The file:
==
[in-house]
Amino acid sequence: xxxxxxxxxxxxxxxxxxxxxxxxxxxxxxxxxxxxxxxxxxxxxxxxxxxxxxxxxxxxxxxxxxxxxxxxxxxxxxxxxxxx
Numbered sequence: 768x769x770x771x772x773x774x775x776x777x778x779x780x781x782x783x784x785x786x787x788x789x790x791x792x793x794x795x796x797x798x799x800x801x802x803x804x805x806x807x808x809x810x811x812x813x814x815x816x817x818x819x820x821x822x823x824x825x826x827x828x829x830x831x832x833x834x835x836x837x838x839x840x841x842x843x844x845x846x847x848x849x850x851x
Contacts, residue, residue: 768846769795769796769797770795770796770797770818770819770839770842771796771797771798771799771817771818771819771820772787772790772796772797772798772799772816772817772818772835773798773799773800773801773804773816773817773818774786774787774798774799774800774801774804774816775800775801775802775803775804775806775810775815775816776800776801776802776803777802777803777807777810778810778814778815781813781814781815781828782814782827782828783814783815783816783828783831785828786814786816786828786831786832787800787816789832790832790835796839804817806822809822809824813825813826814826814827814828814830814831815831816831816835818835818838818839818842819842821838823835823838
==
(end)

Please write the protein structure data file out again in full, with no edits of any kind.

[in-house]
Amino acid sequence: xxxxxxxxxxxxxxxxxxxxxxxxxxxxxxxxxxxxxxxxxxxxxxxxxxxxxxxxxxxxxxxxxxxxxxxxxxxxxxxxxxxx
Numbered sequence: 768x769x770x771x772x773x774x775x776x777x778x779x780x781x782x783x784x785x786x787x788x789x790x791x792x793x794x795x796x797x798x799x800x801x802x803x804x805x806x807x808x809x810x811x812x813x814x815x816x817x818x819x820x821x822x823x824x825x826x827x828x829x830x831x832x833x834x835x836x837x838x839x840x841x842x843x844x845x846x847x848x849x850x851x
Contacts, residue, residue: 768846769795769796769797770795770796770797770818770819770839770842771796771797771798771799771817771818771819771820772787772790772796772797772798772799772816772817772818772835773798773799773800773801773804773816773817773818774786774787774798774799774800774801774804774816775800775801775802775803775804775806775810775815775816776800776801776802776803777802777803777807777810778810778814778815781813781814781815781828782814782827782828783814783815783816783828783831785828786814786816786828786831786832787800787816789832790832790835796839804817806822809822809824813825813826814826814827814828814830814831815831816831816835818835818838818839818842819842821838823835823838